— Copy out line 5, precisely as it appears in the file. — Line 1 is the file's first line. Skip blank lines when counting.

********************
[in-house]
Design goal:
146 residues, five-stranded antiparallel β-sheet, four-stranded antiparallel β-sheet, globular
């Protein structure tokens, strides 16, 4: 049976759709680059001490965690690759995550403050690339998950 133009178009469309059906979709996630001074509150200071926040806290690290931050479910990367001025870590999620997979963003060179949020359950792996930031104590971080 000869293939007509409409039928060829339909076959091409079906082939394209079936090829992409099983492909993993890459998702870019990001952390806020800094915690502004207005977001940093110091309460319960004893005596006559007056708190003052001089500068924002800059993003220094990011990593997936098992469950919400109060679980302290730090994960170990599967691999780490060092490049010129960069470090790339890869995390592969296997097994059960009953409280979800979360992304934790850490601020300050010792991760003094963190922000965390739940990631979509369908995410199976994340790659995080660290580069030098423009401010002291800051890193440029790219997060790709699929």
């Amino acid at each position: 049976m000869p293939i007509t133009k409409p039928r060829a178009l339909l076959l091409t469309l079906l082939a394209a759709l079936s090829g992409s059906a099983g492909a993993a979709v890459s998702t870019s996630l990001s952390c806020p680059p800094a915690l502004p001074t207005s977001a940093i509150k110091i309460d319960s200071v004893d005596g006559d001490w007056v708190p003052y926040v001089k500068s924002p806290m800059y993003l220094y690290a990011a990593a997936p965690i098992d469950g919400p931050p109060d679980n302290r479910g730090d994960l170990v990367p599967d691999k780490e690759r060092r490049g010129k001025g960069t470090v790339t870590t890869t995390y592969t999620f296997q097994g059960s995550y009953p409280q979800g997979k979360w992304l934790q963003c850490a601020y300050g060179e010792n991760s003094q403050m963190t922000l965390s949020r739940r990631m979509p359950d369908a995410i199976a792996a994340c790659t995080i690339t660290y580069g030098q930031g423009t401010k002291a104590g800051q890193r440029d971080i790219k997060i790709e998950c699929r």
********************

């Amino acid at each position: 049976m000869p293939i007509t133009k409409p039928r060829a178009l339909l076959l091409t469309l079906l082939a394209a759709l079936s090829g992409s059906a099983g492909a993993a979709v890459s998702t870019s996630l990001s952390c806020p680059p800094a915690l502004p001074t207005s977001a940093i509150k110091i309460d319960s200071v004893d005596g006559d001490w007056v708190p003052y926040v001089k500068s924002p806290m800059y993003l220094y690290a990011a990593a997936p965690i098992d469950g919400p931050p109060d679980n302290r479910g730090d994960l170990v990367p599967d691999k780490e690759r060092r490049g010129k001025g960069t470090v790339t870590t890869t995390y592969t999620f296997q097994g059960s995550y009953p409280q979800g997979k979360w992304l934790q963003c850490a601020y300050g060179e010792n991760s003094q403050m963190t922000l965390s949020r739940r990631m979509p359950d369908a995410i199976a792996a994340c790659t995080i690339t660290y580069g030098q930031g423009t401010k002291a104590g800051q890193r440029d971080i790219k997060i790709e998950c699929r």